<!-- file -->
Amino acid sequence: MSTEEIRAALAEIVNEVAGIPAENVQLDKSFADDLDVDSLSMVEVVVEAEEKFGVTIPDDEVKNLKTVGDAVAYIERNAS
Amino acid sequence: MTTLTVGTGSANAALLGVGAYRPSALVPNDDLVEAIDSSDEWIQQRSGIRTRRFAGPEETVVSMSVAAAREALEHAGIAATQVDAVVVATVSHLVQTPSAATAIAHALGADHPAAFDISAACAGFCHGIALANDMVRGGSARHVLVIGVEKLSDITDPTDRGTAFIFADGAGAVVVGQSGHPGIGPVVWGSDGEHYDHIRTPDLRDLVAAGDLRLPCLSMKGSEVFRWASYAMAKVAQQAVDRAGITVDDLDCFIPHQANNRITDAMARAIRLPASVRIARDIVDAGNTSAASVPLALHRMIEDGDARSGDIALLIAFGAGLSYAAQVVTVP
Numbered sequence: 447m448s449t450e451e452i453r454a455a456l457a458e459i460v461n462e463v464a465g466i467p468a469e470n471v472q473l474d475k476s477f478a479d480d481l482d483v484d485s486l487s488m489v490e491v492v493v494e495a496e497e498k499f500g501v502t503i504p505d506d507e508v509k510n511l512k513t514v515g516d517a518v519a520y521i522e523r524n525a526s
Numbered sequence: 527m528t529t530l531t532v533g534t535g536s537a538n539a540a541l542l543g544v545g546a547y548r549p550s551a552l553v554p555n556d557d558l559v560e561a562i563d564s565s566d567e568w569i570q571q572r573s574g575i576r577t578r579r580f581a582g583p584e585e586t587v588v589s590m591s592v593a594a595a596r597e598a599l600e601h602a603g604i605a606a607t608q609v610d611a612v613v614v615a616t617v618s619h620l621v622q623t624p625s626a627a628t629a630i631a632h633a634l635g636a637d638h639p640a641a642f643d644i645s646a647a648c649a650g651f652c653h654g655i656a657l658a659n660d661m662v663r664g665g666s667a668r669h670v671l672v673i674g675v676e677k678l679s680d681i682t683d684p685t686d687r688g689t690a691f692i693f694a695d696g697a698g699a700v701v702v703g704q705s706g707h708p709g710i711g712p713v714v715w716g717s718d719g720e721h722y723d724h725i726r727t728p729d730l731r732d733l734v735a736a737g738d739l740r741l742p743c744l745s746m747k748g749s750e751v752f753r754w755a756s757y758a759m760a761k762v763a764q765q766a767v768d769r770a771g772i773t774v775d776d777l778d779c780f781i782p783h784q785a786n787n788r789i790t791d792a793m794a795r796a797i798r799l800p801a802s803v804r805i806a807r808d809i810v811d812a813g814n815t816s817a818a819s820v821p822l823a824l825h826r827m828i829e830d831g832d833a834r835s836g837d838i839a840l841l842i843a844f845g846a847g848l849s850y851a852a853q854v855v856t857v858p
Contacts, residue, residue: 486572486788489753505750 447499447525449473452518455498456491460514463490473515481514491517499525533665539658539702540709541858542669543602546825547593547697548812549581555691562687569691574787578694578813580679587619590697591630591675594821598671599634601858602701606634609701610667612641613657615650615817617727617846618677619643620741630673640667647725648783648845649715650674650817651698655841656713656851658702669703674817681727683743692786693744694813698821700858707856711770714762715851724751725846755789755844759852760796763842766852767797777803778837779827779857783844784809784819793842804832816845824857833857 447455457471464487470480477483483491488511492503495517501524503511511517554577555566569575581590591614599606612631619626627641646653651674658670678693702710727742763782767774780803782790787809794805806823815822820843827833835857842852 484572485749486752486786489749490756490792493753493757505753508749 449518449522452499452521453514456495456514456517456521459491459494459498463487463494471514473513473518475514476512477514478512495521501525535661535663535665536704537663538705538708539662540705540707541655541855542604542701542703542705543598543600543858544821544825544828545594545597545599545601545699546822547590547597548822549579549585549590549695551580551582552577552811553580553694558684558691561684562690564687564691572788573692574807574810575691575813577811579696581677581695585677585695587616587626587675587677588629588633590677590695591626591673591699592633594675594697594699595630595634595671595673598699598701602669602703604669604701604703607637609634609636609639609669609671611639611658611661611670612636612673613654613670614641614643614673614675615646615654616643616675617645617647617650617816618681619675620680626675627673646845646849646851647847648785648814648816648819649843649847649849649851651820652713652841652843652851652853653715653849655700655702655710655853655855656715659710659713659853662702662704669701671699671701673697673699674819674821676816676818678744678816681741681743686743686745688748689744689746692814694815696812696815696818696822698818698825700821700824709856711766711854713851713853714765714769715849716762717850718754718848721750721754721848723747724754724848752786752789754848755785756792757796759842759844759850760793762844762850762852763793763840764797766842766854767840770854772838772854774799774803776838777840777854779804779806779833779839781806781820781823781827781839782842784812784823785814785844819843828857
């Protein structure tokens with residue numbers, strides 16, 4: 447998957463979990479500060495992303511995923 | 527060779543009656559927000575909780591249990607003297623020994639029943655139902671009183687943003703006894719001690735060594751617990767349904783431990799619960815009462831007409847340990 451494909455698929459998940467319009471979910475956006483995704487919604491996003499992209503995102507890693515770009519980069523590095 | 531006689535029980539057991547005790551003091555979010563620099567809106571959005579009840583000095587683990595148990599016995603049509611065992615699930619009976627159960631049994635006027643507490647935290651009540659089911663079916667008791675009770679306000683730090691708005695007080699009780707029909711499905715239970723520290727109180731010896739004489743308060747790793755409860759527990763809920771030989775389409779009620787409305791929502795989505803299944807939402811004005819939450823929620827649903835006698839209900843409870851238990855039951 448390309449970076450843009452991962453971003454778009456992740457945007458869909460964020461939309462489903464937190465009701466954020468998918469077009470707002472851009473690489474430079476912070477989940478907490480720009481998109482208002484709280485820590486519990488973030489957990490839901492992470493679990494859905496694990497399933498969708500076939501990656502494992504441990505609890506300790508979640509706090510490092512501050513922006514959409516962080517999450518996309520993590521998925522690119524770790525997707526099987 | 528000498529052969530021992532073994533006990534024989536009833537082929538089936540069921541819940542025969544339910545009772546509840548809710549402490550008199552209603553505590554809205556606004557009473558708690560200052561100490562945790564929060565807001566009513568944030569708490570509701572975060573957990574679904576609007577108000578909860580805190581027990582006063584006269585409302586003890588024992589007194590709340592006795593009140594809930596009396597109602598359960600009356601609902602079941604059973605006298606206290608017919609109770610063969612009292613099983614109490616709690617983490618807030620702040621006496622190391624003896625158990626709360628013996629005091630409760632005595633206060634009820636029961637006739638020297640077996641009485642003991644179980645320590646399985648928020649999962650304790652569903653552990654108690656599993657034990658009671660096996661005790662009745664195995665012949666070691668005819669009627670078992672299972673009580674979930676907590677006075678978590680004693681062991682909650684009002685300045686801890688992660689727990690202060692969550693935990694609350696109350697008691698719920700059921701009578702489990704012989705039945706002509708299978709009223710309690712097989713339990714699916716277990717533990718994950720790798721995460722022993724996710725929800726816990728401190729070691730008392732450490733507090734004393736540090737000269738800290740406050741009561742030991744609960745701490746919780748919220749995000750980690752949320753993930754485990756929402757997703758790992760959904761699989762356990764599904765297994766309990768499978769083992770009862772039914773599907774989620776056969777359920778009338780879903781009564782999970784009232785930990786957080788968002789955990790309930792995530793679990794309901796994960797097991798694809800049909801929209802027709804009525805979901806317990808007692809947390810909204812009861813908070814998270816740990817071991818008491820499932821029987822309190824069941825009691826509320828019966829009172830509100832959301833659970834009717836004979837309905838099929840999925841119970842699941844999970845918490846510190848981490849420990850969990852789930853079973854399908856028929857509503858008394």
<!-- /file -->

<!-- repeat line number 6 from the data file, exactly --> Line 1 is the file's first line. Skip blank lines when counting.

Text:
């Protein structure tokens with residue numbers, strides 16, 4: 447998957463979990479500060495992303511995923 | 527060779543009656559927000575909780591249990607003297623020994639029943655139902671009183687943003703006894719001690735060594751617990767349904783431990799619960815009462831007409847340990 451494909455698929459998940467319009471979910475956006483995704487919604491996003499992209503995102507890693515770009519980069523590095 | 531006689535029980539057991547005790551003091555979010563620099567809106571959005579009840583000095587683990595148990599016995603049509611065992615699930619009976627159960631049994635006027643507490647935290651009540659089911663079916667008791675009770679306000683730090691708005695007080699009780707029909711499905715239970723520290727109180731010896739004489743308060747790793755409860759527990763809920771030989775389409779009620787409305791929502795989505803299944807939402811004005819939450823929620827649903835006698839209900843409870851238990855039951 448390309449970076450843009452991962453971003454778009456992740457945007458869909460964020461939309462489903464937190465009701466954020468998918469077009470707002472851009473690489474430079476912070477989940478907490480720009481998109482208002484709280485820590486519990488973030489957990490839901492992470493679990494859905496694990497399933498969708500076939501990656502494992504441990505609890506300790508979640509706090510490092512501050513922006514959409516962080517999450518996309520993590521998925522690119524770790525997707526099987 | 528000498529052969530021992532073994533006990534024989536009833537082929538089936540069921541819940542025969544339910545009772546509840548809710549402490550008199552209603553505590554809205556606004557009473558708690560200052561100490562945790564929060565807001566009513568944030569708490570509701572975060573957990574679904576609007577108000578909860580805190581027990582006063584006269585409302586003890588024992589007194590709340592006795593009140594809930596009396597109602598359960600009356601609902602079941604059973605006298606206290608017919609109770610063969612009292613099983614109490616709690617983490618807030620702040621006496622190391624003896625158990626709360628013996629005091630409760632005595633206060634009820636029961637006739638020297640077996641009485642003991644179980645320590646399985648928020649999962650304790652569903653552990654108690656599993657034990658009671660096996661005790662009745664195995665012949666070691668005819669009627670078992672299972673009580674979930676907590677006075678978590680004693681062991682909650684009002685300045686801890688992660689727990690202060692969550693935990694609350696109350697008691698719920700059921701009578702489990704012989705039945706002509708299978709009223710309690712097989713339990714699916716277990717533990718994950720790798721995460722022993724996710725929800726816990728401190729070691730008392732450490733507090734004393736540090737000269738800290740406050741009561742030991744609960745701490746919780748919220749995000750980690752949320753993930754485990756929402757997703758790992760959904761699989762356990764599904765297994766309990768499978769083992770009862772039914773599907774989620776056969777359920778009338780879903781009564782999970784009232785930990786957080788968002789955990790309930792995530793679990794309901796994960797097991798694809800049909801929209802027709804009525805979901806317990808007692809947390810909204812009861813908070814998270816740990817071991818008491820499932821029987822309190824069941825009691826509320828019966829009172830509100832959301833659970834009717836004979837309905838099929840999925841119970842699941844999970845918490846510190848981490849420990850969990852789930853079973854399908856028929857509503858008394």